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Culture and systems of knowledge, cultivation and food, population and consumption

Vegetable hocus-pocus in India

with 2 comments

Which one of these two statements is false?

‘India has more than enough vegetables to feed its households, which need about 144 million tons per year’

‘There is a deficit of about 20 million tons in 2 out of 3 vegetable types India’s households need’

Which one you choose as false depends on whose interpretation of vegetable self-sufficiency you lean towards: the Ministry of Agriculture’s triumphant announcements of ever higher vegetable tonnage, or the data on crop quantities combined with current population and dietary needs (as I do here).

My answer is that the second of the two statements is nearly true whereas the first is entirely false. This is the explanation, and it is based on the data using which the startling graphic presented above was drawn.

In its ‘First Advance Estimates of Horticulture Crops’ for 2017-18, the Ministry of Agriculture has said that a record quantity of 180 million tons of vegetables has been cultivated.

This is no doubt a quantity record for vegetables. It apparently exceeds by a wide margin the quantity required to adequately provide all our households with vegetables for their daily meals. How many household would that be? My calculation, based on the projected increases in population and household contained in Census 2011, is about 270 million (or 27 crore) households in 2018, and with the mean size of the household being 4.8 members.

Such a typical household needs about 1.44 kilograms per day of vegetables as part of a well-balanced diet. Adjusting for the smaller portions eaten by children (up to 14 or 15 years old) and the elderly (from about 65 years old) and further adjusting for the losses and waste that take place from the time vegetables are brought to mandis till they cooked in kitchens, a total of about 144 million tons is needed to supply all our households for a year.

With 180 million tons cultivated and 144 million tons needed, we seem to have a surplus of some 36 million tons of vegetables.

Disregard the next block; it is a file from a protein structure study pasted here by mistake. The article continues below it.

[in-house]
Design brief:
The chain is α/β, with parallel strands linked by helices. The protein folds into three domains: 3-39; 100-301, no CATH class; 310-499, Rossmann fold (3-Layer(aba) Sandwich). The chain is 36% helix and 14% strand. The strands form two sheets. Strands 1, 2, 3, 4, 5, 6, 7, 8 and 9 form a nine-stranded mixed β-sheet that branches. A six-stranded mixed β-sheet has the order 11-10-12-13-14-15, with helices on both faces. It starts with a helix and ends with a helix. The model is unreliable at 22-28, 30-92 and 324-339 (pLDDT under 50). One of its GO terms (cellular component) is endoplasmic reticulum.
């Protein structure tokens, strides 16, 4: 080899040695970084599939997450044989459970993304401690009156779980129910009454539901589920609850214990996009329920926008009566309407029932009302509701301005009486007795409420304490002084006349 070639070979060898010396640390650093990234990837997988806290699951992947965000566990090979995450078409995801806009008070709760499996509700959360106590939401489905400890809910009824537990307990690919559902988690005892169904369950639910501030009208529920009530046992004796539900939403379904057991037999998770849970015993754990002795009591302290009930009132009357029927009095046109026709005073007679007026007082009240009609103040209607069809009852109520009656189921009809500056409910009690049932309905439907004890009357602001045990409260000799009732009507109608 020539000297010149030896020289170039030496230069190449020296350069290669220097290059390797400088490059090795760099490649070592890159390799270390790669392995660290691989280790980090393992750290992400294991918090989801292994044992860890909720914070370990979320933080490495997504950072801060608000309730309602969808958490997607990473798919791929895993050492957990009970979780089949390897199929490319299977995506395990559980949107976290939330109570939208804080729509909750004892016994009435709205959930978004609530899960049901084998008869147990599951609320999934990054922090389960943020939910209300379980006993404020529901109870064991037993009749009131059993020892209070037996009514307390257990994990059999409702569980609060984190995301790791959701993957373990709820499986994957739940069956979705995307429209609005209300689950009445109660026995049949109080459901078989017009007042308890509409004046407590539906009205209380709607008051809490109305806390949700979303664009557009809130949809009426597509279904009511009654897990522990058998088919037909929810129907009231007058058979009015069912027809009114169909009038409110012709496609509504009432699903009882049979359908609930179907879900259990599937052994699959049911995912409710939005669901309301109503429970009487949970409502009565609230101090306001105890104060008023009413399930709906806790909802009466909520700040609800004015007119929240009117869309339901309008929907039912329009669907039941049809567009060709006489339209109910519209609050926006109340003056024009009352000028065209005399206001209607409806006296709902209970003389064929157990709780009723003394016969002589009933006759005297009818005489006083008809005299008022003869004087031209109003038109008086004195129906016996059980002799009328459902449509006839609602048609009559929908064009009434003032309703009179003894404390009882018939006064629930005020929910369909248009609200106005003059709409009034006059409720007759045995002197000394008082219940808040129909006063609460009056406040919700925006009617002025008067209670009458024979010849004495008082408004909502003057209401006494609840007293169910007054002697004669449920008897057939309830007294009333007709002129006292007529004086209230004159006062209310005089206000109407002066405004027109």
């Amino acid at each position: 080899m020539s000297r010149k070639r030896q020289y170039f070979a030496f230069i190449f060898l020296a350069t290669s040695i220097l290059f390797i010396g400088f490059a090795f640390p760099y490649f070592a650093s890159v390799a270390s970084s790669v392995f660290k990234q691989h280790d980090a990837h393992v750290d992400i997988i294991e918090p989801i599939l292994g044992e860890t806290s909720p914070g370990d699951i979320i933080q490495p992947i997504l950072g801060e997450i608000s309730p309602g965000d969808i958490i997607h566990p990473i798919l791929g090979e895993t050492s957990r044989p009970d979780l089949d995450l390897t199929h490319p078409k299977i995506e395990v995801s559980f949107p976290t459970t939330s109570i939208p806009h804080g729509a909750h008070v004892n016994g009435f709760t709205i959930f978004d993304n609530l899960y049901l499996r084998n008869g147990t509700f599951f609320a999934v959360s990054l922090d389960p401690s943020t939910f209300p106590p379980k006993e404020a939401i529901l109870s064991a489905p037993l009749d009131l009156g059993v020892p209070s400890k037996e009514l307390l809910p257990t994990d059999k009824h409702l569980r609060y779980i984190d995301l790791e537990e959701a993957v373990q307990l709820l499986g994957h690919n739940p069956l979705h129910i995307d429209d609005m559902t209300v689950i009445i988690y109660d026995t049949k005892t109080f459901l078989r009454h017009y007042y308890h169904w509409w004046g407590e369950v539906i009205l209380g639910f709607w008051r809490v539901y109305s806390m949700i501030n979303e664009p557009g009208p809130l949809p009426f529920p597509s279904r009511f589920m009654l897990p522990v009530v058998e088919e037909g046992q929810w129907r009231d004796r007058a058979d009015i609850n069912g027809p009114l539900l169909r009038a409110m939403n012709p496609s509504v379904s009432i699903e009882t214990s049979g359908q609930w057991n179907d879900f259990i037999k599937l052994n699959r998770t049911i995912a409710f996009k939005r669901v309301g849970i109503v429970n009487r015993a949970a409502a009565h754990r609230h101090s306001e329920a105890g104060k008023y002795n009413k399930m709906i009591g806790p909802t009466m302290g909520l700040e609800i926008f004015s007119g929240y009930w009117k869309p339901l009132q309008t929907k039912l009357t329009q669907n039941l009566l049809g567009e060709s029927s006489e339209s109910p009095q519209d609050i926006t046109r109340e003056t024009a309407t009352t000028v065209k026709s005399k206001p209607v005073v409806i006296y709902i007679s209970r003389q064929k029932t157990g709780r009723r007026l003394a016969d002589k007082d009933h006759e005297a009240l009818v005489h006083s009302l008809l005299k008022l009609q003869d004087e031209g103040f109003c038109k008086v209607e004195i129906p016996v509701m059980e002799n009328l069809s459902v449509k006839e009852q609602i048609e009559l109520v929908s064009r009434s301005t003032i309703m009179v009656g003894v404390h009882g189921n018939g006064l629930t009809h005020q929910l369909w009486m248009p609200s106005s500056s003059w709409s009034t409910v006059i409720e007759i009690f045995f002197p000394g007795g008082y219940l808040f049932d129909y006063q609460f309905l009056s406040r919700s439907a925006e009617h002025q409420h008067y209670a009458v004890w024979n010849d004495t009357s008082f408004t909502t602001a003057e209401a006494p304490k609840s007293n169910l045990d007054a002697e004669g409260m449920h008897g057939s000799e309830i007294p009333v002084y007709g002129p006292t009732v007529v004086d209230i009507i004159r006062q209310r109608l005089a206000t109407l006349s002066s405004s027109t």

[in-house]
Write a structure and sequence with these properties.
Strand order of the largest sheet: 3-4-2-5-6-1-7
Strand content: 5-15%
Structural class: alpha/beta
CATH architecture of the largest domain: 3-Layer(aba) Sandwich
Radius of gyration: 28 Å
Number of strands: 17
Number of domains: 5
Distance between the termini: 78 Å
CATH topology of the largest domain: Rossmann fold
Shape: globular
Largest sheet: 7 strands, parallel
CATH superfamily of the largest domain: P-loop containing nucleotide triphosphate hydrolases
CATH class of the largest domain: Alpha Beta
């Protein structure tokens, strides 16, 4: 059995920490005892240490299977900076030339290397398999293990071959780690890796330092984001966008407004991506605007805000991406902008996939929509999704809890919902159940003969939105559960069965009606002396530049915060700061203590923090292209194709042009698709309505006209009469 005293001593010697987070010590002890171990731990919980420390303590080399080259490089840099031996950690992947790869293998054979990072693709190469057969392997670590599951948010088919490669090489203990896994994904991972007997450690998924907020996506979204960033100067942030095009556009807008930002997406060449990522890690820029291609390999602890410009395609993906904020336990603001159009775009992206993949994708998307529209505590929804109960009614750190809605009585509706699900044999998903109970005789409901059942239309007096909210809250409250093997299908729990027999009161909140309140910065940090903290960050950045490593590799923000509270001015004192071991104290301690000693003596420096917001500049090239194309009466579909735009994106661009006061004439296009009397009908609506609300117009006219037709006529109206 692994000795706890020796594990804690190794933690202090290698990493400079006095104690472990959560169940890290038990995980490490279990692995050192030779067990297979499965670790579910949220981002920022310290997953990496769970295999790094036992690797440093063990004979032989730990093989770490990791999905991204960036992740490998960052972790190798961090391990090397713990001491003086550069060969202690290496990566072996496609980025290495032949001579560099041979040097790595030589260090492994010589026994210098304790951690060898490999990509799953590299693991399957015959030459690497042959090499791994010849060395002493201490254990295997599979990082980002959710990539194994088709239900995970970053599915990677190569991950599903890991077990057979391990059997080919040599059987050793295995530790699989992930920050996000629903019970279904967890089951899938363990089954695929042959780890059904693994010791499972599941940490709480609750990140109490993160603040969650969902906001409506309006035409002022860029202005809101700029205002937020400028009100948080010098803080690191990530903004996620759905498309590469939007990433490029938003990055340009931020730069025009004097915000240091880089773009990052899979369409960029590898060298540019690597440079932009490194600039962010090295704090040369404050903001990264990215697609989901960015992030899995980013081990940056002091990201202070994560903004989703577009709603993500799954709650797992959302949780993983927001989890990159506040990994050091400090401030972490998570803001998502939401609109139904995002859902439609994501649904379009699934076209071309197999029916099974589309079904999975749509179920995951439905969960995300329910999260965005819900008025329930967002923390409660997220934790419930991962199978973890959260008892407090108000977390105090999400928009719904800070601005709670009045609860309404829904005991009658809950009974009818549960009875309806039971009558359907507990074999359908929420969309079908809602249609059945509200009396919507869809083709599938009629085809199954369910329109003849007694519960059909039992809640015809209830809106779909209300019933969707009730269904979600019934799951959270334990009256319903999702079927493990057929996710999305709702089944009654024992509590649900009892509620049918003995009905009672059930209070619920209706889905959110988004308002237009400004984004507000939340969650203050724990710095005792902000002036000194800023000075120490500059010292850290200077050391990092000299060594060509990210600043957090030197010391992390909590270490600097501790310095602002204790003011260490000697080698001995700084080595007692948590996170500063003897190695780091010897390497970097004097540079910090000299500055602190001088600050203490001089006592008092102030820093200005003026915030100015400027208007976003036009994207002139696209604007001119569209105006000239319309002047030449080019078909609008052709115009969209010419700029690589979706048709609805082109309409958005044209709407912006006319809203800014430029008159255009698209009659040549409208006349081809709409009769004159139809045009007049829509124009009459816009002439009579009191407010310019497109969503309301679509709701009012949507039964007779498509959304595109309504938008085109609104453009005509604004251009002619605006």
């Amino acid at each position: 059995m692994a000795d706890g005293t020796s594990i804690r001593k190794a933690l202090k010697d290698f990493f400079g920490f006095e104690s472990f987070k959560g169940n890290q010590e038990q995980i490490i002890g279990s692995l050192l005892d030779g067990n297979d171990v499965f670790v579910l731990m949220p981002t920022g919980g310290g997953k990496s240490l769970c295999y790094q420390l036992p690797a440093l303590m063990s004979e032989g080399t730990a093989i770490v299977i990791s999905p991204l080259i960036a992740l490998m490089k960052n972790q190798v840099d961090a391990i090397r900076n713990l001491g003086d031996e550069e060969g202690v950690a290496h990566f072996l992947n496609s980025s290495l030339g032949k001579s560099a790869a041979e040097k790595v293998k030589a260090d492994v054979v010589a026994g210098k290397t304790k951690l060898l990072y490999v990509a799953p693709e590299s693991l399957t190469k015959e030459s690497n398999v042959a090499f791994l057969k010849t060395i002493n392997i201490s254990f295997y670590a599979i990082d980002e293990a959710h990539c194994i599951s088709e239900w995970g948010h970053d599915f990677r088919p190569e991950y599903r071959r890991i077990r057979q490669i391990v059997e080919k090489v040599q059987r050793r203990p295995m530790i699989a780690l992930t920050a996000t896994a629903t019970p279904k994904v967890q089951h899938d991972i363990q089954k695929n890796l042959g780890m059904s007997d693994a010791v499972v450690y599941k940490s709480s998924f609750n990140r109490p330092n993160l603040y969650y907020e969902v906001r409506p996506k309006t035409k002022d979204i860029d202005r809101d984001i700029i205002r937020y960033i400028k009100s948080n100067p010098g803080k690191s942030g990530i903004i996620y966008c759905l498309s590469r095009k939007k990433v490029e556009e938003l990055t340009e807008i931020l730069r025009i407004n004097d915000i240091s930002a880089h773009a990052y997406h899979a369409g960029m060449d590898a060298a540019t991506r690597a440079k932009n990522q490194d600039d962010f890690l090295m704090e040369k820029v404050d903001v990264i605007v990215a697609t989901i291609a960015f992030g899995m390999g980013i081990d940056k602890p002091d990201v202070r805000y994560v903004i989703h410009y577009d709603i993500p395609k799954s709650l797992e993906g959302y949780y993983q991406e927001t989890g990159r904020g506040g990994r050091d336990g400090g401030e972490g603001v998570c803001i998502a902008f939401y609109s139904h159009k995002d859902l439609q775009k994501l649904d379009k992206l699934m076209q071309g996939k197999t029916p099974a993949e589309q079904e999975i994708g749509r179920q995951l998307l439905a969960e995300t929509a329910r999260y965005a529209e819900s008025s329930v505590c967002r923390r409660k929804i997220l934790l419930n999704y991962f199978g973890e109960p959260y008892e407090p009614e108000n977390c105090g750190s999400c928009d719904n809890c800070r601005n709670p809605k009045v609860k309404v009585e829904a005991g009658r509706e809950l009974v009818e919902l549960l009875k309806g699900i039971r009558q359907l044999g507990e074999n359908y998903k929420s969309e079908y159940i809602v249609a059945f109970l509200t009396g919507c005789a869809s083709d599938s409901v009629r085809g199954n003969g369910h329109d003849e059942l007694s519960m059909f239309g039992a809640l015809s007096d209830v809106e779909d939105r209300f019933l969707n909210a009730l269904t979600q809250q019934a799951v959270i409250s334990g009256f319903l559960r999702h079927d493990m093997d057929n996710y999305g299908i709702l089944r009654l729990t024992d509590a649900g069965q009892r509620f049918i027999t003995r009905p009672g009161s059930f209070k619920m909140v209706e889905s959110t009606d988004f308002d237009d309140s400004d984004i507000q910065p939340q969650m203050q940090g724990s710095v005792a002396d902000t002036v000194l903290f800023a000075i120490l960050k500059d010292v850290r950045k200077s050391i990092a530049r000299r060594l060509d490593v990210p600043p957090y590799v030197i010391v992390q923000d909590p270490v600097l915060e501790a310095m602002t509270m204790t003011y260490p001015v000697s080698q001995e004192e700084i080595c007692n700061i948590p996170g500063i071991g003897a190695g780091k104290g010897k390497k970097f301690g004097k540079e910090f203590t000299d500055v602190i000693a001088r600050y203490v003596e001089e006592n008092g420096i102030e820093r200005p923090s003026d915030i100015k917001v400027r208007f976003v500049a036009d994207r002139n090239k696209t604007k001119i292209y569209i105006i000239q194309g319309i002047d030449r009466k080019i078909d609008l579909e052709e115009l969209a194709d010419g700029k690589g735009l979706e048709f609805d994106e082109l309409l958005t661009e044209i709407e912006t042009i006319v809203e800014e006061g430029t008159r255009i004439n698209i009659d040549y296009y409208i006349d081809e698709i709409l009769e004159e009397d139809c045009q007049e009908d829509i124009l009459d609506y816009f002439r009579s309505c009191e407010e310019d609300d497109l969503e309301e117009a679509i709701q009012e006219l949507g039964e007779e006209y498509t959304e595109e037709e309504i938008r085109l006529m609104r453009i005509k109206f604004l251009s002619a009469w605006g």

Not so. This ‘surplus’ needs closer examination, which the chart guides you towards. As you see, the biggest circles belong to five vegetable categories: potato, tomato, other vegetables, onion, and brinjal.

What these biggest circles represent needs to be connected to what the National Institute of Nutrition has recommended as the required daily quantities of vegetables. And that is, not just 300 grams per day, but 50 grams of green leafy vegetables, 100 grams of roots and tubers and 150 grams of other vegetables. A household consuming the stipulated 1.44 kg/day of vegetables if those vegetables are a kilo of potatoes and 440 grams of tomatoes is not a household eating vegetables – it’s a household eating far too many potatoes and tomatoes.

The chart shows us dramatically how unbalanced the cultivation of vegetables has become in India. Nearly 40% of the total cultivated is onions and potatoes (70 mt). Add tomatoes and the three account for 51% of the total (93 mt). Add brinjal and the four account for 58% of the total (105 mt).

Our 270 million households should be buying, cooking and eating about 95 million tons of vegetables that are green and leafy, or are ‘other vegetables’. But in these two categories, we are growing no more than about 75 mt – which reveals a massive shortfall of 20 million tons.

This is the truth behind the tale of booming, record vegetable production. Those five big circles in the chart should never have been the sizes they are. Our households do not need an allocation of 500 grams of potatoes per day (no, Lays, Pringles, Doritos, Kurkure, Uncle Chipps, Bingo, Haldirams chips and wafers are not food).

What we need instead is for every taluka, tehsil, block and mandal to value and grow its local varieties of leafy greens, roots and tubers, shoots and stems, edible flowers and buds. That is what will bring back genuine vegetable nutrition and diversity.

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Written by makanaka

January 8, 2018 at 19:50

2 Responses

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  1. I believe your readers are well educated and they would prefer numerical data than pictorial one, so give that. Is the production gross or net? One kg green peas with shell will amount to 500 gm peas. Similarly, leafy vegetables will lose minimum 30% by weight. If you can give that information it will be good.

    radhasut

    January 9, 2018 at 19:19

    • If you follow the link you will find a pdf file referenced which has the numeric data. The chart is meant to visually convey the differences. Your point about net weight is valid. The ministry does not explain, and state agriculture departments which report data to the ministry do not follow a standard either. For leafy greens the weight loss need not necessarily occur as much as you suggest as the water content transfers to the sauce/curry when cooked.

      makanaka

      January 9, 2018 at 21:41


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